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Olvera v. Primerica Life Insurance Co.

United States District Court, Fifth Circuit

December 13, 2013



MICAELA ALVAREZ, District Judge.

Pending before the Court is the self-styled "Plaintiff's Opposed Motion to Abstain and Remand, "[1] filed by Irene Figueroa Olvera ("Plaintiff"). Primerica Life Insurance Company ("Defendant") and Sylvia Ficker ("Ms. Ficker") have filed a response.[2]

After considering the motion, response, record, and relevant authorities, the Court DENIES the motion to remand, finding Ms. Ficker improperly joined.

I. Facts

On February 21, 2012, Juan Garza purchased life insurance from Defendant.[3] Ms. Ficker visited his home to fill out the initial application.[4] Subsequently, Mr. Garza died in a vehicle accident.[5] Defendant denied coverage and rescinded the policy in November 2012.[6] Plaintiff, Mr. Garza's designated beneficiary, filed suit in County court on December 17, 2012, [7] but did not serve process on Ms. Ficker and Defendant until 12 and 13 September, 2013, respectively.[8] Defendant and Ms. Ficker timely removed on October 8, 2013.[9]

II. Law of Improper Joinder

The Court does not have subject matter jurisdiction under 28 U.S.C. ยง 1332 unless the parties are completely diverse and the amount in controversy exceeds $75, 000.[10] Here only diversity is at issue. The Court notes that "doubts regarding whether removal jurisdiction is proper should be resolved against federal jurisdiction."[11] Moreover, the Fifth Circuit has described the doctrine of improper joinder as "a narrow exception to the rule of complete diversity, and the burden of persuasion on a party claiming improper joinder is a heavy one."[12] "[T]he Court must resolve all ambiguities of state law in favor of the non-removing party."[13]

When considering whether a party was improperly joined, "[t]he court may conduct a Rule 12(b)(6)-type analysis, looking initially at the allegations of the complaint to determine whether the complaint states a claim under state law against the in-state defendant."[14] The Court "determin[es] removal jurisdiction on the basis of claims in the state court complaint as it exists at the time of removal."[15] In conducting the 12(b)(6)-type analysis in the improper joinder context, the Court evaluates the petition not under Federal Rule 12 in full, with its post- Iqbal and Twombly gloss, [16] but under the state-court pleading standards, [17] by which the pleading must state a cause of action and give fair notice of the relief sought.[18] The Supreme Court of Texas has stated:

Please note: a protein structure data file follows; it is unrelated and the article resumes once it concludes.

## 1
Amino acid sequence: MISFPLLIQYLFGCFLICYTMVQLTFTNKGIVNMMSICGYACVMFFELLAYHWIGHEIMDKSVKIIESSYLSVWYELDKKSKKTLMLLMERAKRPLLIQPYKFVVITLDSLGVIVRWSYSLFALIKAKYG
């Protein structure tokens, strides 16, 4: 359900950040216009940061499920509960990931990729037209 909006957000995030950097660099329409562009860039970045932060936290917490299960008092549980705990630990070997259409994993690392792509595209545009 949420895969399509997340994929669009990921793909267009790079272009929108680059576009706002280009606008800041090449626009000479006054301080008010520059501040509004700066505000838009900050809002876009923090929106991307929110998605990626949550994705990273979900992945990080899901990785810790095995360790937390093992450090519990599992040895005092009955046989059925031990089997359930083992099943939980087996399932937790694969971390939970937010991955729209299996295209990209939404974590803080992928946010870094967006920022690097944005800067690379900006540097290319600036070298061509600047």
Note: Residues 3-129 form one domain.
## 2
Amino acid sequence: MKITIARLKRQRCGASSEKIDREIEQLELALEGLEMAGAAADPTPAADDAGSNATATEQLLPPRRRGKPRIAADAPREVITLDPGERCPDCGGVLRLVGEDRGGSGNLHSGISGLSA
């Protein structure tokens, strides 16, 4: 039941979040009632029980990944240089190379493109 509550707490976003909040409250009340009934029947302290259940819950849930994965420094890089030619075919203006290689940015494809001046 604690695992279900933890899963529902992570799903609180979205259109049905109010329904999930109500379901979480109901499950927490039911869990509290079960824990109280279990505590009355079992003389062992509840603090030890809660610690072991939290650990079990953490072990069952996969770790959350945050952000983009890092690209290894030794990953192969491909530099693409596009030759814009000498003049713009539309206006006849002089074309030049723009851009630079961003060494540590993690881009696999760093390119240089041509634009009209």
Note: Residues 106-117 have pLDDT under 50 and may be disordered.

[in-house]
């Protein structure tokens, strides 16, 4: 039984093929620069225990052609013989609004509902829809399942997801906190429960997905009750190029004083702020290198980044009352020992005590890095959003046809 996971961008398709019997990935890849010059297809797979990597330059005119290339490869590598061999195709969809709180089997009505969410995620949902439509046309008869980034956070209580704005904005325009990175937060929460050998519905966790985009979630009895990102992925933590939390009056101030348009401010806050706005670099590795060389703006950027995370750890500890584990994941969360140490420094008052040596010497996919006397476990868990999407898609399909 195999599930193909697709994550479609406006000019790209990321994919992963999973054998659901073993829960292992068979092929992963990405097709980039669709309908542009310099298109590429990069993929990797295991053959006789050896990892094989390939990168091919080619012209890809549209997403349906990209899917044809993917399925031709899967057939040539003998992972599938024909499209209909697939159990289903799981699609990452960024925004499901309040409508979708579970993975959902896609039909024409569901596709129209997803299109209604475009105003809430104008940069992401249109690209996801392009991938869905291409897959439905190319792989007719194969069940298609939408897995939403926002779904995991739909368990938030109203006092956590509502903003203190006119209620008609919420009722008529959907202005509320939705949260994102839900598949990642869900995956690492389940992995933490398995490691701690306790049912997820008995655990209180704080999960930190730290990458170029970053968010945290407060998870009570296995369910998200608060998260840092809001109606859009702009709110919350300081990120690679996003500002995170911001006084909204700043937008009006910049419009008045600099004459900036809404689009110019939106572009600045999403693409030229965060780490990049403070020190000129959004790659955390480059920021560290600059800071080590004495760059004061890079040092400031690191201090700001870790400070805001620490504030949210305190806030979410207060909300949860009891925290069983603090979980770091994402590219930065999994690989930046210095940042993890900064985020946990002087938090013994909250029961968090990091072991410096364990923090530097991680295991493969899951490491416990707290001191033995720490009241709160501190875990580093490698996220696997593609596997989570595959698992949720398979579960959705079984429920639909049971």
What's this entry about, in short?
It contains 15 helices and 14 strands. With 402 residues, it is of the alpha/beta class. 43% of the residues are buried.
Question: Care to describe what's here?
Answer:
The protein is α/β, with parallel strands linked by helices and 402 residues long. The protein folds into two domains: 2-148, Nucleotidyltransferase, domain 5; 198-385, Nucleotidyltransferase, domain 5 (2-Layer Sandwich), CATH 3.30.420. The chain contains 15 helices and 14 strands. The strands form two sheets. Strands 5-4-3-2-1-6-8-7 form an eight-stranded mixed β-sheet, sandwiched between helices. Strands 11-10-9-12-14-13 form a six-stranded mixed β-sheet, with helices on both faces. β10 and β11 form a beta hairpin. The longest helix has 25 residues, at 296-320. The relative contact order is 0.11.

"In determining whether a cause of action was pled, plaintiff's pleadings must be adequate for the court to be able, from an examination of the plaintiff's pleadings alone, to ascertain with reasonable certainty and without resorting to information aliunde the elements of plaintiff's cause of action and the relief sought with sufficient information upon which to base a judgment."[19]

III. Plaintiff's Allegations and Ms. Ficker

Plaintiff's original petition mentions Ms. Ficker precisely once: "Plaintiff had the initial application filled out by an agent, Defendant Sylvia Garcia Ficker, at Mr. Garza's home."[20] The petition then explains that Mr. Garza "allowed Defendants to obtain all medical records connected to his past treatment."[21] Here even if "Defendants" includes Ms. Ficker, an insurance agent is unlikely to analyze medical histories, and thus this statement does nothing to support a claim.

The petition next states that Mr. Garza changed his insurance company "based on the representations made be [sic] Defendants... Defendants have denied coverage and attempted to refund Mr. Garza's premium...."[22] Here, a logical interpretation of Plaintiff's use of the word "Defendants" suggests that Defendant, not Ms. Ficker, made unspecified representations, then denied coverage.

Even if the Court did twist Plaintiff's petition to mean that Ms. Ficker also made representations, Plaintiff has not stated any facts giving notice of a resulting claim. Plaintiff has stated a straightforward breach of contract claim against Defendant based on denial of coverage, but as Defendant notes, "has not made a single factual allegation against [Ms.] Ficker in her Petition."[23] Thus, the Court cannot ascertain the elements of Plaintiff's cause of action against Ms. Ficker or the relief sought from her. The petition bears a striking resemblance to that in Griggs, since the Court "cannot say that [Plaintiff's] petition, which mentions [Ms. Ficker] once in passing, then fails to state any specific actionable conduct on her part whatsoever, meets even the liberalized requirements that permit notice pleading."[24]

Indeed, Plaintiff cinches this conclusion with her motion to remand. The entirety of Plaintiff's argument that the complaint alleges a cause of action against Ms. Ficker runs as follows: "Defendant Ficker is a properly joined Defendant as Plaintiff, in Plaintiff's First Complaint, asserts an individual claim, inter alia, of negligent representation of an insurance policy, which Defendants sold to Plaintiff's benefactor at his home, convincing him to switch from a previously purchased policy."[25] As the Court has just explained, it is far from clear that Plaintiff's Complaint asserts an individual claim against Ms. Ficker. More to the point, immediately after reciting the elements of negligent misrepresentation in Texas, Plaintiff fails to allege a single representation ...

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